Afghan says international promises on terrorism not kept
Afghanistan`s foreign minister has warned the United Nations that it will have to smash militant networks across continents to hope to win the global war on terrorism.
United Nations: Afghanistan`s foreign
minister has warned the United Nations that it will have to
smash militant networks across continents to hope to win the
global war on terrorism.
Zalmai Rassoul told the UN General Assembly yesterday
that nine years after the launch of the invasion of
Afghanistan "the international community`s promise to the
people of Afghanistan of a life free from the fear of the
threat and exploitation of international terrorism remains
Highlighting the daily "horrific acts" carried out in
Afghanistan, the minister said that "terrorism in our region
is a growing threat to world peace and security."
"The audacity and geographic scope of terrorist groups
harboured in our region continues to grow," he declared.
"As long as certain state and non-state actors provide
Al-Qaeda and its affiliated individuals and entities with
sanctuary, arms and financing, they will remain formidable and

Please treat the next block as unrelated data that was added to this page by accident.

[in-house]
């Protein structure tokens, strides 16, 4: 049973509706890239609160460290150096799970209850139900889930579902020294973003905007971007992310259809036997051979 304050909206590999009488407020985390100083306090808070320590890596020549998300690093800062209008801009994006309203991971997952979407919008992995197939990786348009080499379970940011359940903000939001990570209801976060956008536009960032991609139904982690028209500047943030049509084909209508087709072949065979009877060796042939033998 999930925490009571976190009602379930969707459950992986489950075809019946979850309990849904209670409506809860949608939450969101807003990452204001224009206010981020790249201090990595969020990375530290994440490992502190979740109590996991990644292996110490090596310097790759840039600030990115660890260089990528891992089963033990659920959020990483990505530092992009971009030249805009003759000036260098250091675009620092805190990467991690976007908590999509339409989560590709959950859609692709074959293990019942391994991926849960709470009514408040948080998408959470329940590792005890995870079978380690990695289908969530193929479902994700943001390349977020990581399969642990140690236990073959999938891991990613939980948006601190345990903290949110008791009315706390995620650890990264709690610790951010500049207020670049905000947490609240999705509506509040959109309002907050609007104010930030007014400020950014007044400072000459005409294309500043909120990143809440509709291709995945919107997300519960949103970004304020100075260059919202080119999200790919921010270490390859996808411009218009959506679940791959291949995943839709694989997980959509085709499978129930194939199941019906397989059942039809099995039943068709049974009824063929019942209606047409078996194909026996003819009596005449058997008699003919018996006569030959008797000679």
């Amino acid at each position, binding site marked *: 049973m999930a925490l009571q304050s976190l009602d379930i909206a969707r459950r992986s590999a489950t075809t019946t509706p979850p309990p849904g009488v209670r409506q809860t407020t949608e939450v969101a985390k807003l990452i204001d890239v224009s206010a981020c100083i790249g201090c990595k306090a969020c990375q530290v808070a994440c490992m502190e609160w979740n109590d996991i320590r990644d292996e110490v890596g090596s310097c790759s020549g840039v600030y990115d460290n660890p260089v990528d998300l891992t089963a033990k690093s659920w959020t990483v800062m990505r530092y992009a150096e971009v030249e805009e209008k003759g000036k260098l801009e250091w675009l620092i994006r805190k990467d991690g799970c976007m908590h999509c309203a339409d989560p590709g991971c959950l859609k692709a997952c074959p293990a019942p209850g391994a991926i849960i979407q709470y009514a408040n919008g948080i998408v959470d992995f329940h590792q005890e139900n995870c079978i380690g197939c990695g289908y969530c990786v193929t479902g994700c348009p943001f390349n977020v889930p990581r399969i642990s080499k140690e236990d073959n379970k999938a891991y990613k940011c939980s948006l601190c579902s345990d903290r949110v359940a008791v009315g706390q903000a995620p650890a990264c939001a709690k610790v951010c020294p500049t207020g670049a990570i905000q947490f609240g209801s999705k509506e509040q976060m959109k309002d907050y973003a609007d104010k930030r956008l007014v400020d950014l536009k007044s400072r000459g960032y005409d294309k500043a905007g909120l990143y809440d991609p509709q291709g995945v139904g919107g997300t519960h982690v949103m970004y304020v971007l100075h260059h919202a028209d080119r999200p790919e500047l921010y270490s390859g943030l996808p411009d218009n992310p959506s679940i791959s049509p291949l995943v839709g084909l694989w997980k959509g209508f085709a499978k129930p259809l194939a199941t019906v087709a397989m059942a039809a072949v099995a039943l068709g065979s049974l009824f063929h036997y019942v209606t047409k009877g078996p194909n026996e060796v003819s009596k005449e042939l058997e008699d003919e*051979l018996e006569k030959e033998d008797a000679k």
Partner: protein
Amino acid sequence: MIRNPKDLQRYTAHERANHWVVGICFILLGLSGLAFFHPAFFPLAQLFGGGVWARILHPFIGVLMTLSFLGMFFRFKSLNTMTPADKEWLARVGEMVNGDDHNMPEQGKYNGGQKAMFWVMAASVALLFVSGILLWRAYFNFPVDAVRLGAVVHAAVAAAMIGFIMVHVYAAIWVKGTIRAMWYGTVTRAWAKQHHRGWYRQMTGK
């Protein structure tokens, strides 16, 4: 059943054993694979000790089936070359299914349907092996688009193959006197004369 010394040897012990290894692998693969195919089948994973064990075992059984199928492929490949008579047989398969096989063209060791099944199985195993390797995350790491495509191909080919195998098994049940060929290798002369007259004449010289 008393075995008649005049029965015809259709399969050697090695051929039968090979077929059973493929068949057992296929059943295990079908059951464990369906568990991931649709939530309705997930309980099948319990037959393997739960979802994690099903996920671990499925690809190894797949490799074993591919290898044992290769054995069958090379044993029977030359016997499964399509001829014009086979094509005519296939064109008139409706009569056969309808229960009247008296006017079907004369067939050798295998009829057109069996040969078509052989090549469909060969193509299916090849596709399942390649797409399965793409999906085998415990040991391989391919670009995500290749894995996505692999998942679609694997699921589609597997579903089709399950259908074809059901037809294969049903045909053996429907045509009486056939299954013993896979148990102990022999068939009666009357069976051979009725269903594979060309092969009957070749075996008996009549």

Rassoul said the war against extremism must become
"If our international partners and allies wish to win
the global war on terrorism, they must look beyond the
villages in Afghanistan, and engage in a strategy that will
effectively and decisively dismantle organisations and
networks that continue -- with immunity -- to support
terrorist and radical militants."
The minister said that Afghanistan was "committed" to
expanding counter-terrorism cooperation with neighbouring
Pakistan and other countries.
Rassoul spoke shortly after US Secretary of State
Hillary Clinton told a separate meeting at UN headquarters
that "countering terrorism is not a task that any country
achieves on its own."
She said nations needed a new creativity and vigilance
and to "set aside failed strategies."
Clinton said networks like Al-Qaeda, which carried out
the September 11, 2001 attacks which led to the Afghanistan
war, "have a global view and we must have one too that begins
with a shared understanding of the big picture."
The 15 UN Security Council members issued an appeal at
the meeting for greater international cooperation, including
more information sharing.